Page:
BOOKS: Marlon James’ New Epic Topples Fantasy Tropes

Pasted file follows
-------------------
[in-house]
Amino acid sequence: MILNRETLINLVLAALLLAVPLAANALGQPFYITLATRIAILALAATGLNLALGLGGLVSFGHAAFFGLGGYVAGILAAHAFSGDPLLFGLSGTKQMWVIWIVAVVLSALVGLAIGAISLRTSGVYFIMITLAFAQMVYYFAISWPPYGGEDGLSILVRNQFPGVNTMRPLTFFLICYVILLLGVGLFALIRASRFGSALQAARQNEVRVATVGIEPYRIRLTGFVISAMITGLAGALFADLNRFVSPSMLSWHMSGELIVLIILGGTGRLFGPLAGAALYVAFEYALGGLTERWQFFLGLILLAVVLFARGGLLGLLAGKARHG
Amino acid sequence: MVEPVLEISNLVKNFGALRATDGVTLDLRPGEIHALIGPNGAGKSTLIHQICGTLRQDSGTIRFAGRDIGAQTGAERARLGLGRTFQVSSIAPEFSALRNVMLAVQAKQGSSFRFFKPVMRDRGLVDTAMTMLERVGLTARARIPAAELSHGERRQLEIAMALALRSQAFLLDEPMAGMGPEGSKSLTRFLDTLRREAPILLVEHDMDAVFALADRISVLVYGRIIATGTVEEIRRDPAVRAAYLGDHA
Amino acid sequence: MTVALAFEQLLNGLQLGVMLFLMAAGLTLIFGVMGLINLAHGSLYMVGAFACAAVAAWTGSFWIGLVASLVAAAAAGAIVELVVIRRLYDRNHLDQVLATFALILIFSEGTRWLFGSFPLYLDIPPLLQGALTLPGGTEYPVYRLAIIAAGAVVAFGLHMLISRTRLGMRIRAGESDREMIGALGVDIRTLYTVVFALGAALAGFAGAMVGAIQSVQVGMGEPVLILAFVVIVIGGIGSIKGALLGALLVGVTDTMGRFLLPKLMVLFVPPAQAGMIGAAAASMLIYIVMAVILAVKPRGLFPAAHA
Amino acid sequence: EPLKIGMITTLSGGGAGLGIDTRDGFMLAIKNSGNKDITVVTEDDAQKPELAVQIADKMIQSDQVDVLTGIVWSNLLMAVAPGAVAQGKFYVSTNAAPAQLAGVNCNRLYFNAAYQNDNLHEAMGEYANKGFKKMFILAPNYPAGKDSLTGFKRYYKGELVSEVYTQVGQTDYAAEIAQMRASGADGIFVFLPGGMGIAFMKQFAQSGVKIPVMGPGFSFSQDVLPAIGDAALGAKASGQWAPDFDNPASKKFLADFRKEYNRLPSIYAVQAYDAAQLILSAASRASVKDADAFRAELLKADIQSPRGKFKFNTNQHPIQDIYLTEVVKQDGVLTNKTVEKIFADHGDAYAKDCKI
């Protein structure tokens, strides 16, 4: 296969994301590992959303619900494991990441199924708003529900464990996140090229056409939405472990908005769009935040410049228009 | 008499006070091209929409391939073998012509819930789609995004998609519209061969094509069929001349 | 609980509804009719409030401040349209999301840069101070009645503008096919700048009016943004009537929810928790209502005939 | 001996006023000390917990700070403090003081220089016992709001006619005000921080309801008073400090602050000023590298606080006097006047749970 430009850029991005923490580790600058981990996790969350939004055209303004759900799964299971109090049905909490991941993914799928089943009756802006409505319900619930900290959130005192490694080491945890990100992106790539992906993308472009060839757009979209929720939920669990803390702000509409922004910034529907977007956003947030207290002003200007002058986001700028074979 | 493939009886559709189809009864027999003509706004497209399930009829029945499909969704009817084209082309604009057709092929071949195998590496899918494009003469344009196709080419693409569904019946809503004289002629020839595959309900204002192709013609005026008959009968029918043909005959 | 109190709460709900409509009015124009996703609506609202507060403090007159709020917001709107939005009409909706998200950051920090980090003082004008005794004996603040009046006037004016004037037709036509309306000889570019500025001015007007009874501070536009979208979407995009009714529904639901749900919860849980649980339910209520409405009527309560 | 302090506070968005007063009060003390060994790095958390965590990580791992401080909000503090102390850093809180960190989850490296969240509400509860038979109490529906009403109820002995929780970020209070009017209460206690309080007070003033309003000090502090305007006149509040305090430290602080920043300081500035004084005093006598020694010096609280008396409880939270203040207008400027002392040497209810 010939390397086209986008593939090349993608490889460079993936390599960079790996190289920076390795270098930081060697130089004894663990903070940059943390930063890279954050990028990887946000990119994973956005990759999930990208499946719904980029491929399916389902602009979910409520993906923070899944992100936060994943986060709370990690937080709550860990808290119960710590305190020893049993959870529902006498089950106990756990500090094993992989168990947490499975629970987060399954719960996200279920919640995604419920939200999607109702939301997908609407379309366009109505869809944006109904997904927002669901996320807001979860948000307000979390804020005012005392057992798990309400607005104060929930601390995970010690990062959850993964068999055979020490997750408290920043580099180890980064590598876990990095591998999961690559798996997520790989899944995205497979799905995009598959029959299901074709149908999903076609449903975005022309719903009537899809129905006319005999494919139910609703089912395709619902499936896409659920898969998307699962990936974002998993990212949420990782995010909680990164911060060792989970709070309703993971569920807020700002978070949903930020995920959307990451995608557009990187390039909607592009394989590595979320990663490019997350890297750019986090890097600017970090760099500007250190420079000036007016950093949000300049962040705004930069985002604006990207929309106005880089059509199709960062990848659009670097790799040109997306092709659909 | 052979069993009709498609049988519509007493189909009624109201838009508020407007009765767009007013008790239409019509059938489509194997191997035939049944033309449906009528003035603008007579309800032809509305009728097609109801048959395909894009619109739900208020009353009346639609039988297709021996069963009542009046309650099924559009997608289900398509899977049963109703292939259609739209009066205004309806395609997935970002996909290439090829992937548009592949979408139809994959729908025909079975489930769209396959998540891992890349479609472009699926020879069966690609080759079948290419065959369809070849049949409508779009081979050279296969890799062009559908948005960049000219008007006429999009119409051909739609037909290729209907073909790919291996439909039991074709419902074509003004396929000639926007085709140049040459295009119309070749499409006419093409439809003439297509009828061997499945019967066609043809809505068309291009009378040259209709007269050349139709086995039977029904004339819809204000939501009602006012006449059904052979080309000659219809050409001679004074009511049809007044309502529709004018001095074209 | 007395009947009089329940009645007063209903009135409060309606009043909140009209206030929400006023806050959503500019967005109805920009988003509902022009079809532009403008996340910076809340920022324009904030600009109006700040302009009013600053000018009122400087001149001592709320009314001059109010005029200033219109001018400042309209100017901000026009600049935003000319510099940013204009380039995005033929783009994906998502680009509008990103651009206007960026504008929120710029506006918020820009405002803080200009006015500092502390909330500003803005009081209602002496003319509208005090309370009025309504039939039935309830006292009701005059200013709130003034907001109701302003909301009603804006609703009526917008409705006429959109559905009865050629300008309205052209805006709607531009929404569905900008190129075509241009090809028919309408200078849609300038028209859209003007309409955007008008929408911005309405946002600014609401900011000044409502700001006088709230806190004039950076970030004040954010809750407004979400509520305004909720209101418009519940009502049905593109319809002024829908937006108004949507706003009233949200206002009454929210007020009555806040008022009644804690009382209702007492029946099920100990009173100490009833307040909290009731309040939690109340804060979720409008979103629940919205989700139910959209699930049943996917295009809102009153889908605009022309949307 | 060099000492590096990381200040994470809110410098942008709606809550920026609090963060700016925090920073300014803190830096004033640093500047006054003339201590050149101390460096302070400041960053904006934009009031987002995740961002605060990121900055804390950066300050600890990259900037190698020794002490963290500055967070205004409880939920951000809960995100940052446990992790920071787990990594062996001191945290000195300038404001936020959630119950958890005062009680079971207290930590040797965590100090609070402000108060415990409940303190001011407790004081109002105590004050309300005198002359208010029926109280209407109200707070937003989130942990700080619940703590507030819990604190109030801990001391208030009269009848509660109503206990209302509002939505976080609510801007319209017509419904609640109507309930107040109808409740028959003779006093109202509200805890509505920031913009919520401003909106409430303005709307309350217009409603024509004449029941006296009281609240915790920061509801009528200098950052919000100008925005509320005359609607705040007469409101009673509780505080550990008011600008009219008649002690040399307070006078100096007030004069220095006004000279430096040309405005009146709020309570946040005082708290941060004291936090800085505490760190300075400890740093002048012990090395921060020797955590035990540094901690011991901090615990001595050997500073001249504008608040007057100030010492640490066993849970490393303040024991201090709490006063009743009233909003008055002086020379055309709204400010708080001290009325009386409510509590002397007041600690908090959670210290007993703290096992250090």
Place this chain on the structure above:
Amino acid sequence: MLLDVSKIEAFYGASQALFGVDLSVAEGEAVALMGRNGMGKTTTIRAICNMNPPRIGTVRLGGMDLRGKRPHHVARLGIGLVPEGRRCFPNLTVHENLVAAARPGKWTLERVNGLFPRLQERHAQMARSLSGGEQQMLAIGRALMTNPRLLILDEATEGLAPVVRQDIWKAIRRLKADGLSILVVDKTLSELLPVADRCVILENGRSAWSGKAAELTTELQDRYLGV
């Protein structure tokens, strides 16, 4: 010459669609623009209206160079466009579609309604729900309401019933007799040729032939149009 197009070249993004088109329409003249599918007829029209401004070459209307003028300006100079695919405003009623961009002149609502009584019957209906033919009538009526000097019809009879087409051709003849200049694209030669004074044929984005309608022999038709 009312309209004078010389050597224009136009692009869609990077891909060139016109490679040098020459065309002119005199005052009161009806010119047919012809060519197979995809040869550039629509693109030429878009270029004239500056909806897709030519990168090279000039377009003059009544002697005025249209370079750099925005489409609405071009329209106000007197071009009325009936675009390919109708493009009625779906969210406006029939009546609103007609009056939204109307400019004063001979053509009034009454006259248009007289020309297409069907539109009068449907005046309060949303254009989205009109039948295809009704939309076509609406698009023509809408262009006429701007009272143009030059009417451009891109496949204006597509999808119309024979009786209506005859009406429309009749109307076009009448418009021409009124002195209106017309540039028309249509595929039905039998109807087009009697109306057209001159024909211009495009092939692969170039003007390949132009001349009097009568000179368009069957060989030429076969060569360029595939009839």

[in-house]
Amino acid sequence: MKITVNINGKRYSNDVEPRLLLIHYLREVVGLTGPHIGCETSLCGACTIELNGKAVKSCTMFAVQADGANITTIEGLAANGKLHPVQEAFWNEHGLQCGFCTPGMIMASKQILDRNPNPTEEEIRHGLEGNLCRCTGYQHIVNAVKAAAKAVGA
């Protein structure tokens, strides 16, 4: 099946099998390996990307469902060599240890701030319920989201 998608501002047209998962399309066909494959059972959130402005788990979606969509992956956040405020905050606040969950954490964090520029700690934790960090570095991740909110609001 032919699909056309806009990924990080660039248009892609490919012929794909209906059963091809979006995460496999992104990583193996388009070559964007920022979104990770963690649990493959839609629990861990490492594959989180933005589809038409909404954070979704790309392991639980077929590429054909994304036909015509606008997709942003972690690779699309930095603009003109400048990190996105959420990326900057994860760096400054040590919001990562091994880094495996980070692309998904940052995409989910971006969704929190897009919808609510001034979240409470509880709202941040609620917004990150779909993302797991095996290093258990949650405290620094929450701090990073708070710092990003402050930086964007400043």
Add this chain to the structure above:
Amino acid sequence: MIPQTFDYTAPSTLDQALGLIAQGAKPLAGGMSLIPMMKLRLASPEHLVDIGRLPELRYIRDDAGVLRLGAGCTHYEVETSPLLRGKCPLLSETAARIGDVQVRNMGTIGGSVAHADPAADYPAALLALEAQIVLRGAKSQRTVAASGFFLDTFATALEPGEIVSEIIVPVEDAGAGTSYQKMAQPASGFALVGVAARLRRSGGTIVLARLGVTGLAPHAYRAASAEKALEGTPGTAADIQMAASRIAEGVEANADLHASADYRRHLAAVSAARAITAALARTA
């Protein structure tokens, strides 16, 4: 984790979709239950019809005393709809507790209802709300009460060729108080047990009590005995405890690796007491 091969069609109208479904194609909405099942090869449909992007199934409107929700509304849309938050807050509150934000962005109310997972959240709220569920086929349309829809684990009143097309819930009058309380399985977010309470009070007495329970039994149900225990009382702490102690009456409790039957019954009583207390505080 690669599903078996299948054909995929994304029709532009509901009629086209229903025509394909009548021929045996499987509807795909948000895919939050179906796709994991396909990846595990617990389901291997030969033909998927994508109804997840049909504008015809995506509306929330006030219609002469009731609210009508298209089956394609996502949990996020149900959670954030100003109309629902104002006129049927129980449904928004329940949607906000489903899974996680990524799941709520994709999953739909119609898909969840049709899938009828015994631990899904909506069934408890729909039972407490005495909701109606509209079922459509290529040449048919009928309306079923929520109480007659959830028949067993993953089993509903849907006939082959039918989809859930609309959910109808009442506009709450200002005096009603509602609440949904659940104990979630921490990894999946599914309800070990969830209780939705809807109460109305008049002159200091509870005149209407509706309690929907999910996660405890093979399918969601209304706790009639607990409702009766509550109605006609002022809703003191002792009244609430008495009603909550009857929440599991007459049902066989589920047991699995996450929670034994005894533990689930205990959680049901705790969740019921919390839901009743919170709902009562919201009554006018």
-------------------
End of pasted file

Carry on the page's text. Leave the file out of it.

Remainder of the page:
THE FIRST INSTALLMENT of Marlon James’ Dark Star trilogy tests the reader’s commitment. “The child is dead. There is nothing left to know.” Of course, that’s not entirely true—620 pages follow. James, a deft stylist with a taste for violence and grand revelation (just look to his Man Booker Prize–winning historical saga, 2014’s A Brief History of Seven Killings), is something like an orchestrator when it comes to inverting any expectations a reader might bring to his work. 

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